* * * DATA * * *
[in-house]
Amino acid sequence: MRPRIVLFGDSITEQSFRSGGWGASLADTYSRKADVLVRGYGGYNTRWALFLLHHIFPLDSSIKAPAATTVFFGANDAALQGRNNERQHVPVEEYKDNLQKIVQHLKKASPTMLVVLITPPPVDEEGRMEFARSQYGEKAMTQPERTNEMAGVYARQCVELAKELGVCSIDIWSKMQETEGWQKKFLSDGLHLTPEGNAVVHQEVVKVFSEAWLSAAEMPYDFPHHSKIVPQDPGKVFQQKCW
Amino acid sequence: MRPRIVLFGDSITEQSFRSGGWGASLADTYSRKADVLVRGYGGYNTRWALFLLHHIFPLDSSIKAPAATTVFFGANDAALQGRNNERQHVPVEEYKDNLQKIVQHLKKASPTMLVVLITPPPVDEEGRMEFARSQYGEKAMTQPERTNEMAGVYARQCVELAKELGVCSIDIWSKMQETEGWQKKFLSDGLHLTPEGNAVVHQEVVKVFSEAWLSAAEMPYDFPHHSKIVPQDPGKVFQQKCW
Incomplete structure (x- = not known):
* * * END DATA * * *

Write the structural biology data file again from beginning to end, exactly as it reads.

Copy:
[in-house]
Amino acid sequence: MRPRIVLFGDSITEQSFRSGGWGASLADTYSRKADVLVRGYGGYNTRWALFLLHHIFPLDSSIKAPAATTVFFGANDAALQGRNNERQHVPVEEYKDNLQKIVQHLKKASPTMLVVLITPPPVDEEGRMEFARSQYGEKAMTQPERTNEMAGVYARQCVELAKELGVCSIDIWSKMQETEGWQKKFLSDGLHLTPEGNAVVHQEVVKVFSEAWLSAAEMPYDFPHHSKIVPQDPGKVFQQKCW
Amino acid sequence: MRPRIVLFGDSITEQSFRSGGWGASLADTYSRKADVLVRGYGGYNTRWALFLLHHIFPLDSSIKAPAATTVFFGANDAALQGRNNERQHVPVEEYKDNLQKIVQHLKKASPTMLVVLITPPPVDEEGRMEFARSQYGEKAMTQPERTNEMAGVYARQCVELAKELGVCSIDIWSKMQETEGWQKKFLSDGLHLTPEGNAVVHQEVVKVFSEAWLSAAEMPYDFPHHSKIVPQDPGKVFQQKCW
Incomplete structure (x- = not known):